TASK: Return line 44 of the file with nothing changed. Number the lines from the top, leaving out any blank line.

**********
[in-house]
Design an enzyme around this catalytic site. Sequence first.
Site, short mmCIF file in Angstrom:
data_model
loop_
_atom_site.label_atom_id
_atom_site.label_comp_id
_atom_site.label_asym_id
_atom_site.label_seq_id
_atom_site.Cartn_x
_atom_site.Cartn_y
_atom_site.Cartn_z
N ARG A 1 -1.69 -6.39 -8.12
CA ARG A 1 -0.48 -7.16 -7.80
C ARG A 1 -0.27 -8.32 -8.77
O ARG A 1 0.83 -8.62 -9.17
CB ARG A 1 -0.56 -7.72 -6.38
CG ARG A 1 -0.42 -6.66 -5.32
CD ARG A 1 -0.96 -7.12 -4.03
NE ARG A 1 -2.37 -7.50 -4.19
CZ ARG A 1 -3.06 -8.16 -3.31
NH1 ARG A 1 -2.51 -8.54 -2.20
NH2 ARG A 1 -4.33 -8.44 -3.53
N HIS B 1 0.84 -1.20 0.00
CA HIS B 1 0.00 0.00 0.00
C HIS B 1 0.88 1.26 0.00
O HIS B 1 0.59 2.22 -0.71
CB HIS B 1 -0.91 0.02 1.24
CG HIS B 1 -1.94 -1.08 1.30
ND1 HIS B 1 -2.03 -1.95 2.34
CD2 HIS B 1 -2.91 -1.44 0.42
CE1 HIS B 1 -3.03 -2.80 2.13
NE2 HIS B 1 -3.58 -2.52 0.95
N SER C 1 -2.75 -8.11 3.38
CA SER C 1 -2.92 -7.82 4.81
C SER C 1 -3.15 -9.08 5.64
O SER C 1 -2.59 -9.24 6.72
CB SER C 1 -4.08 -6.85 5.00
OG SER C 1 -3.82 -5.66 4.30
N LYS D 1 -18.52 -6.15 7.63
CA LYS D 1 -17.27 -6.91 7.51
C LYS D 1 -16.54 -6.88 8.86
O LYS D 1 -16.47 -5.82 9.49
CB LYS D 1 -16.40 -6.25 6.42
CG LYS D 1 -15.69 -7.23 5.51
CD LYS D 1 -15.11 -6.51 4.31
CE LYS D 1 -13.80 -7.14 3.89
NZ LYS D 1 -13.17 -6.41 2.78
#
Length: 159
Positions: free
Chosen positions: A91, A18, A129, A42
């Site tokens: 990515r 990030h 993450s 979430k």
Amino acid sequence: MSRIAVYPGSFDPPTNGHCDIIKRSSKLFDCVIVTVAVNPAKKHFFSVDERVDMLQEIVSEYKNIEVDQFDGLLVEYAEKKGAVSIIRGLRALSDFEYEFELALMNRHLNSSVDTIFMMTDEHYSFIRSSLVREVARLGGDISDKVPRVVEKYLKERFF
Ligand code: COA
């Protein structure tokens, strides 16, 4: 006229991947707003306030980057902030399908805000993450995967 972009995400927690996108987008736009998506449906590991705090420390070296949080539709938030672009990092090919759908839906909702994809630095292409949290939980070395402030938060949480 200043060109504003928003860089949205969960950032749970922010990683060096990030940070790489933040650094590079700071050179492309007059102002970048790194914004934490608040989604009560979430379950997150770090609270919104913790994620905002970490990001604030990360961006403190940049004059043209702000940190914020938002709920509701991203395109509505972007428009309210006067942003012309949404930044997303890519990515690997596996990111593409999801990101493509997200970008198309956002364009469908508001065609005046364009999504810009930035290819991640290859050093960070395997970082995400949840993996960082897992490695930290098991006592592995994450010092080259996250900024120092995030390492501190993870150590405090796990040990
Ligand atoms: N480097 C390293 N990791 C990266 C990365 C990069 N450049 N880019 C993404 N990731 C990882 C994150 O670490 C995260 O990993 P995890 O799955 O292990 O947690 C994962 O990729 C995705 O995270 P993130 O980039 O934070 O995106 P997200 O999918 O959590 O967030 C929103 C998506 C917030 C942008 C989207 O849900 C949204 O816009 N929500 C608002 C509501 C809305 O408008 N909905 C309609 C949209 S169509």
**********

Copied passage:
CB LYS D 1 -16.40 -6.25 6.42